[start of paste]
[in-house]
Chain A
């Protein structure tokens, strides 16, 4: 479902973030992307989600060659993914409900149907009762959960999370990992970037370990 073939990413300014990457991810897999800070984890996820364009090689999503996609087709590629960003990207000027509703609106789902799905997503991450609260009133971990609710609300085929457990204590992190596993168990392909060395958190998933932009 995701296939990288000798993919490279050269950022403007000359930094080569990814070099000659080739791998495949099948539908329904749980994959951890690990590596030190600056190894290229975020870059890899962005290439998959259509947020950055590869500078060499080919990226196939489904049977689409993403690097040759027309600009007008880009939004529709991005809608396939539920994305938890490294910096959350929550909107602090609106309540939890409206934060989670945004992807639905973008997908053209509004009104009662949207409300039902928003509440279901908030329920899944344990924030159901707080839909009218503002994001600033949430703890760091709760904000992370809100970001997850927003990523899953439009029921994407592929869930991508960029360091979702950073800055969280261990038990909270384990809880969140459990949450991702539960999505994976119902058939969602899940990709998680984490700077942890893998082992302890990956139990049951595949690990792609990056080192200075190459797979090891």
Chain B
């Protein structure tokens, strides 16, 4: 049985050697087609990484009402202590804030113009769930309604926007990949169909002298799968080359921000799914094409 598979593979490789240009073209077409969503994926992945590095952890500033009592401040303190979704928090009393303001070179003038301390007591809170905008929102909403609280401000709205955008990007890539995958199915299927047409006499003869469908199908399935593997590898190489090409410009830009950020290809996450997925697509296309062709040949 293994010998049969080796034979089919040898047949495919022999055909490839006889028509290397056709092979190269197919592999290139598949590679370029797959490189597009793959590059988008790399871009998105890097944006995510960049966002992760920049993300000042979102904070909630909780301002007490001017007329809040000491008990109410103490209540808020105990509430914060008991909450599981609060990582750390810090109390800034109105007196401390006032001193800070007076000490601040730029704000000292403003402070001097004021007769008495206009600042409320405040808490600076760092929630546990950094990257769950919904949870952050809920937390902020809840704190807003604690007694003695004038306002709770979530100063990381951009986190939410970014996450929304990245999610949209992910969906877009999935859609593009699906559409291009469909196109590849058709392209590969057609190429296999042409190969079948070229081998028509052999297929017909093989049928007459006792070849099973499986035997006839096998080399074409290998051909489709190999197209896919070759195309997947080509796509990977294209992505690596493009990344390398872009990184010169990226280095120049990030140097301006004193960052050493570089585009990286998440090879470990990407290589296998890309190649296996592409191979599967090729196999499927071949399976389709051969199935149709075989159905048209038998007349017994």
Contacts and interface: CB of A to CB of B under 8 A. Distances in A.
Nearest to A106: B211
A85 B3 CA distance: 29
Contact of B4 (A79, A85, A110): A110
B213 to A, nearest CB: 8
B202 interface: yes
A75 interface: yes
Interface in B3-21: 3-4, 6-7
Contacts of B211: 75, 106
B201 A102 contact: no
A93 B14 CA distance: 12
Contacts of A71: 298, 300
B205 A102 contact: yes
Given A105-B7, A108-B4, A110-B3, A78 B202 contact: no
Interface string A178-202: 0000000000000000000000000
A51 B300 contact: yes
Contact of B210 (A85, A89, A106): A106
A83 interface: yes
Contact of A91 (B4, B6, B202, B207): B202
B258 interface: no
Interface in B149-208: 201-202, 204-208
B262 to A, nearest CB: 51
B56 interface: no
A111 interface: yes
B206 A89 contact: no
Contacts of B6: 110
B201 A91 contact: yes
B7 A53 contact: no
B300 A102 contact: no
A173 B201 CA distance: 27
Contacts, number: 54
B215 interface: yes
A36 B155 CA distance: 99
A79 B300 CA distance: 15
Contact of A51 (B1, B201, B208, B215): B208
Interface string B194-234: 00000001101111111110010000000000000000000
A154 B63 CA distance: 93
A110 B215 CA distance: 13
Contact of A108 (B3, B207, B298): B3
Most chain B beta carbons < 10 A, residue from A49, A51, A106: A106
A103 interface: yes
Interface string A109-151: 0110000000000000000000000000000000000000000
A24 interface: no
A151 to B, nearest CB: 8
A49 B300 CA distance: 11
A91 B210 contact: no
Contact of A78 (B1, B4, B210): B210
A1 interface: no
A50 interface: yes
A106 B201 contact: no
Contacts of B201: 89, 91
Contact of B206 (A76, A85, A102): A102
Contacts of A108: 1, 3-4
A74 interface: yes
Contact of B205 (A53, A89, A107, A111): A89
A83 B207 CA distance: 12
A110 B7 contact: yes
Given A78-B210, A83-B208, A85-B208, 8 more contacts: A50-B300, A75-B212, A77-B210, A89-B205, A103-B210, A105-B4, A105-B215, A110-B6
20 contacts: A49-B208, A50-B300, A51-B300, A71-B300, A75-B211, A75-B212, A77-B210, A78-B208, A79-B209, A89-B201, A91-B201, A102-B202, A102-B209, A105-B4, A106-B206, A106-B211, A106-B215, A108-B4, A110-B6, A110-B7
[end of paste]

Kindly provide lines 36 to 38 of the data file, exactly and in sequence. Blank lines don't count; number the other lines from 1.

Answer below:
Contacts, number: 54
B215 interface: yes
A36 B155 CA distance: 99